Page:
In November 2008, Ryanair initiated proceedings in the CFI contesting the European Commission‘s refusal to grant Ryanair access to documents relating to the European Commission‘s state aid investigations at Hamburg (Lubeck), Tampere, Berlin (Schonefeld), Alghero, Pau, Aarhus, Bratislava and Frankfurt (Hahn) airports. These cases were heard on July 7, 2010 and a judgment was issued in December 2010. The CFI found that the European Commission had acted in line with applicable legislation, which highlighted the unfairness inherent in state aid procedures in the EU, whereby alleged beneficiaries of aid have no right of access to the European Commission‘s files and therefore cannot properly exercise their rights to defense and good administration. The CFI ordered the European Commission to pay Ryanair‘s costs in three of the eight access to documents cases.
As a result of rising airport charges and the introduction of an Air Travel Tax, in March 2009, of €10 on passengers departing from Irish airports on routes longer than 300 kilometers from Dublin Airport (€2 on shorter routes), Ryanair reduced its fleet at Dublin airport to 13 during winter 2010 (down from 22 in summer 2008 and 20 in winter 2008). Ryanair also complained to the European Commission about the unlawful differentiation in the level of the Irish Air Travel tax between routes within the EU. From April 2011, a single rate (€3) of the Air Travel Tax was introduced on all routes (and subsequently eliminated entirely in April 2014). In July 2012 the European Commission found that Ryanair, Aer Lingus and Aer Arann had received state aid from the Irish government by way of a two-tier air travel tax levied on passengers departing from Irish airports. Ryanair appealed this decision and a hearing in the EU General Court took place in June 2014 and judgment is expected within six months of the hearing. Also in July 2012, Ryanair issued proceedings before the Irish courts seeking repayment of the entire amount of the air travel tax paid by Ryanair during the period (€87.8 million) where it was two-tier on the basis of its illegality. In April 2013 the Irish government issued proceedings against Ryanair seeking recovery of €12 million of alleged state aid attributable to Ryanair, arising from the European Commission decision. There is a risk that Ryanair will be ordered by the Irish courts to pay the €12 million amount to the Irish government notwithstanding Ryanair‘s claim for repayment of the entire amount of the tax.
Matters Related to Investment in Aer Lingus. During the 2007 fiscal year, the Company acquired 25.2% of Aer Lingus. The Company increased its interest to 29.3% during the 2008 fiscal year, and to 29.8% during the 2009 fiscal year at a total aggregate cost of €407.2 million. Following the acquisition of its initial stake and upon the approval of the Company‘s shareholders, management proposed to effect a tender offer to acquire the entire share capital of Aer Lingus. This 2006 offer was, however, prohibited by the European Commission on competition grounds. Ryanair filed an appeal with the CFI, which was heard in July 2009. On July 6, 2010 the Court upheld the European Commission‘s decision. (see also: ―Item 5. Operating and Financial Review and Prospects—Business Overview‖).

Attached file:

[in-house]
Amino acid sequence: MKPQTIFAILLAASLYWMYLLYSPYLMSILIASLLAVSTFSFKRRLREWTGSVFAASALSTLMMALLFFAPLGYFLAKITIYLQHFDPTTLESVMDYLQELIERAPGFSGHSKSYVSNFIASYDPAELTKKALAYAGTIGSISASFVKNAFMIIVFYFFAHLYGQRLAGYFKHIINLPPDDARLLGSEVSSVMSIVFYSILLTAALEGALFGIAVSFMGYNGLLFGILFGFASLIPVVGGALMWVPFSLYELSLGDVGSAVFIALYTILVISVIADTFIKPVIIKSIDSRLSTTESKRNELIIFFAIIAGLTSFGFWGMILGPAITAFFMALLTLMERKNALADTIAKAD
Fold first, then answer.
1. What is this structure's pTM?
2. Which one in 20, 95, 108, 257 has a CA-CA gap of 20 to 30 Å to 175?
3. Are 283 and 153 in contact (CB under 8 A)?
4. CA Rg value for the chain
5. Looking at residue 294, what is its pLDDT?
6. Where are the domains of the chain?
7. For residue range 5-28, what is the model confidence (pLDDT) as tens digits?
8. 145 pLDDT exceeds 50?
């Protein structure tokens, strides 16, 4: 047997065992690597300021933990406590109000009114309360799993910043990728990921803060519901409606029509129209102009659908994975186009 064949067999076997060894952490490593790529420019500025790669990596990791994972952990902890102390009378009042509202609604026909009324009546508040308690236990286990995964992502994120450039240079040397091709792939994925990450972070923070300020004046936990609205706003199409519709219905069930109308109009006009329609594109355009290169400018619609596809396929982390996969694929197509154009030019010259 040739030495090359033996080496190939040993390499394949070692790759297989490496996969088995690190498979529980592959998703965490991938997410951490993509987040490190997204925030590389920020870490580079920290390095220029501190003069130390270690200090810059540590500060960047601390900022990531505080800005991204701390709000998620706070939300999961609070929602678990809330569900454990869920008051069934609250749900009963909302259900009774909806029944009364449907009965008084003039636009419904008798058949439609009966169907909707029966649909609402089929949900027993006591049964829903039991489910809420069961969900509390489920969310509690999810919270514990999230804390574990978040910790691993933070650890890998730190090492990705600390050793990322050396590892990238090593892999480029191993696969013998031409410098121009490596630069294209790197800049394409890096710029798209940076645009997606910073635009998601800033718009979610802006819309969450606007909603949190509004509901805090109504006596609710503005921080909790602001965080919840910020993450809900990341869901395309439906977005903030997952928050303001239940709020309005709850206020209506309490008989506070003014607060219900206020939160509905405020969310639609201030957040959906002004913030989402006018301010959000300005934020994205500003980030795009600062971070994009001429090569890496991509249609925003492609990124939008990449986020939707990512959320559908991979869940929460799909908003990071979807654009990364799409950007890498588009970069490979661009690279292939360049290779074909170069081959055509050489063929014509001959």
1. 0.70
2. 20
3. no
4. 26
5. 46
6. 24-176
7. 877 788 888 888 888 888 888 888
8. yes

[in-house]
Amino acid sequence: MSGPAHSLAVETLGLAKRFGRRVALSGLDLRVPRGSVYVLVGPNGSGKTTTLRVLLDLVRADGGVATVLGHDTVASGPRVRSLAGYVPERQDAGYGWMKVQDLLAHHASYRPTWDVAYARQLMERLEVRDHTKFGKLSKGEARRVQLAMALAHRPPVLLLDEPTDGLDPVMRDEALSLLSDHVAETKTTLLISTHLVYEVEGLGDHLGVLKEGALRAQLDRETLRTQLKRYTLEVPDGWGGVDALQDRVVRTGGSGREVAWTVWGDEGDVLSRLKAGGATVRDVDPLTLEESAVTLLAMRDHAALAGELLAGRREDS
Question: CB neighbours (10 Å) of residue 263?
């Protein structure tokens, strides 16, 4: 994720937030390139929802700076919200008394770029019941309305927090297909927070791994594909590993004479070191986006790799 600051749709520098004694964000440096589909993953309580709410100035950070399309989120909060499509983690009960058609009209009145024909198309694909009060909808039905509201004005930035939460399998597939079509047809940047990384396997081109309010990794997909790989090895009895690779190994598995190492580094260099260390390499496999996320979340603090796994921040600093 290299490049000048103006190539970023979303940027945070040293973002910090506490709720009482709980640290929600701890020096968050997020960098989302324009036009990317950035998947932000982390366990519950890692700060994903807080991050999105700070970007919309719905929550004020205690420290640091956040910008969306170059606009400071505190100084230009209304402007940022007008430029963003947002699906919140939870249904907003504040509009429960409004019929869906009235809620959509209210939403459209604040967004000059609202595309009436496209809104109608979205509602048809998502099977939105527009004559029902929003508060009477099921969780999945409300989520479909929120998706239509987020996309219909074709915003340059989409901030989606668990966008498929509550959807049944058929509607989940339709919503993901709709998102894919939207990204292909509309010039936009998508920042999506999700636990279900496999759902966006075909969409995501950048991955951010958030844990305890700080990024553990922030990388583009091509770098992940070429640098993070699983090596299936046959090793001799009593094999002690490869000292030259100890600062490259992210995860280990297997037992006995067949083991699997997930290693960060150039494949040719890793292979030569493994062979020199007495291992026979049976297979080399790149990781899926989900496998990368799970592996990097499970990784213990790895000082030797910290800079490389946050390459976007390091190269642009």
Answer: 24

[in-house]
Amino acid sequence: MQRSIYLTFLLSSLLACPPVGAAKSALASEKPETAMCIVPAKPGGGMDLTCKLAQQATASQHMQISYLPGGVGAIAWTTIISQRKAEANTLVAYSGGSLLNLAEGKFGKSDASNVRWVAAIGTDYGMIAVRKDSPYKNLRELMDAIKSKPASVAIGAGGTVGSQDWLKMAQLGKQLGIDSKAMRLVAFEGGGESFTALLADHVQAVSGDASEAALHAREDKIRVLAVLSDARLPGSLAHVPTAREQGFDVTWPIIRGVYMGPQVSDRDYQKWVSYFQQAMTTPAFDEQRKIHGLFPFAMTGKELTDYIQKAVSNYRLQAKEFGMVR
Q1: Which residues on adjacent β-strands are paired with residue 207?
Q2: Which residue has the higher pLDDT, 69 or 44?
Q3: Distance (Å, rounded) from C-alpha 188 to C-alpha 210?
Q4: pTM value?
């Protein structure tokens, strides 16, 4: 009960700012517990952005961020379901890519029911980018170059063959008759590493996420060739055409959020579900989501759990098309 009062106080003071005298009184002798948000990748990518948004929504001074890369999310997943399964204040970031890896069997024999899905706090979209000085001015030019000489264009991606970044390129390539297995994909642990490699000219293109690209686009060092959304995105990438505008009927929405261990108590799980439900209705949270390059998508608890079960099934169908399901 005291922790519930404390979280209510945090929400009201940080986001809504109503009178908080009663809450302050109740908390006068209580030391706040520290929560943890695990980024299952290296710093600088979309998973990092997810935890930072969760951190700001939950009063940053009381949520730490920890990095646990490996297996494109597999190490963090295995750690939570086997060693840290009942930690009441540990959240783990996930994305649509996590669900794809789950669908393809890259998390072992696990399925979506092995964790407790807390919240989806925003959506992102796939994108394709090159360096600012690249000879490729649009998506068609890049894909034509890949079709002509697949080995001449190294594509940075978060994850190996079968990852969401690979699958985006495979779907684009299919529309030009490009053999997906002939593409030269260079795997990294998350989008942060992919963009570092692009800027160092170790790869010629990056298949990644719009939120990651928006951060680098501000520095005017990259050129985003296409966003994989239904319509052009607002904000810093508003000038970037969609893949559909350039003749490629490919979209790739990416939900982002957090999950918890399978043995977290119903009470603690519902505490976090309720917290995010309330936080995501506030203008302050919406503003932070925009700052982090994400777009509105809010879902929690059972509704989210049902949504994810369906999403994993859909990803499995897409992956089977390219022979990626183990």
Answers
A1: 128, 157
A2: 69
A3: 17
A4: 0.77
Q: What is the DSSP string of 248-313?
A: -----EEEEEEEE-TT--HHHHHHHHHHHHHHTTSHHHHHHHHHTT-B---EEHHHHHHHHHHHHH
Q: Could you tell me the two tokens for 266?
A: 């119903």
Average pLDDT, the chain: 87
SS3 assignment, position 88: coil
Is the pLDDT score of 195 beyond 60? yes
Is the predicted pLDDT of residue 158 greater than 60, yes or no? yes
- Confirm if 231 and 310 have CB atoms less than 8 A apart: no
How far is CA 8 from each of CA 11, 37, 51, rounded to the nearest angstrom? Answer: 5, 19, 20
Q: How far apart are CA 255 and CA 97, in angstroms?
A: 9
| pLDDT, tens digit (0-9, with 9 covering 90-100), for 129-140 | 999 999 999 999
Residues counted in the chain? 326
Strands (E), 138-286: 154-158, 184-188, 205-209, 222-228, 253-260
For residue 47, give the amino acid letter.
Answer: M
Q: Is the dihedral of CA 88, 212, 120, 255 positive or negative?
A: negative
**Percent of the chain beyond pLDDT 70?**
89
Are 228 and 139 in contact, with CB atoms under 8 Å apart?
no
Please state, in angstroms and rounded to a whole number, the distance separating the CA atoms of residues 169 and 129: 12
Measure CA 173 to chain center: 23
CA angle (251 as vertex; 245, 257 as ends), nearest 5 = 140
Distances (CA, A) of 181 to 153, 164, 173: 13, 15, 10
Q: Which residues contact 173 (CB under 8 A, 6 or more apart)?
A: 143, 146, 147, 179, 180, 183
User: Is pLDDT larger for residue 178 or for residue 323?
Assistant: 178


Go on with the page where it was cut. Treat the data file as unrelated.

The then EU Commissioner for Competition, Neelie Kroes, said on June 27, 2007 that, ―Since Ryanair is not in a position to exert de jure or de facto control over Aer Lingus, the European Commission is not in a position to require Ryanair to divest its minority shareholding, which is, by the way, not a controlling stake.‖ In October 2007, the European Commission also reached a formal decision that it would not force Ryanair to sell its shares in Aer Lingus. However, Aer Lingus appealed this decision before the CFI. In January 2008, the CFI heard an application by Aer Lingus for interim measures limiting Ryanair‘s voting rights, pending a decision of the CFI on Aer Lingus‘ appeal of the European Commission‘s decision not to force Ryanair to sell the Aer Lingus shares. In March 2008, the court dismissed Aer Lingus‘ application for interim measures. Aer Lingus‘ main appeal was heard in July 2009. On July 6, 2010, the court rejected Aer Lingus‘ appeal and confirmed that Ryanair cannot be forced to dispose of its 29.8% stake in Aer Lingus. Aer Lingus chose not to appeal this judgment to the Court of Justice of the EU. EU legislation may change in the future to require such a forced disposal. If eventually forced to dispose of its stake in Aer Lingus, Ryanair could suffer significant losses due to the negative impact on market prices of the forced sale of such a significant portion of Aer Lingus‘ shares.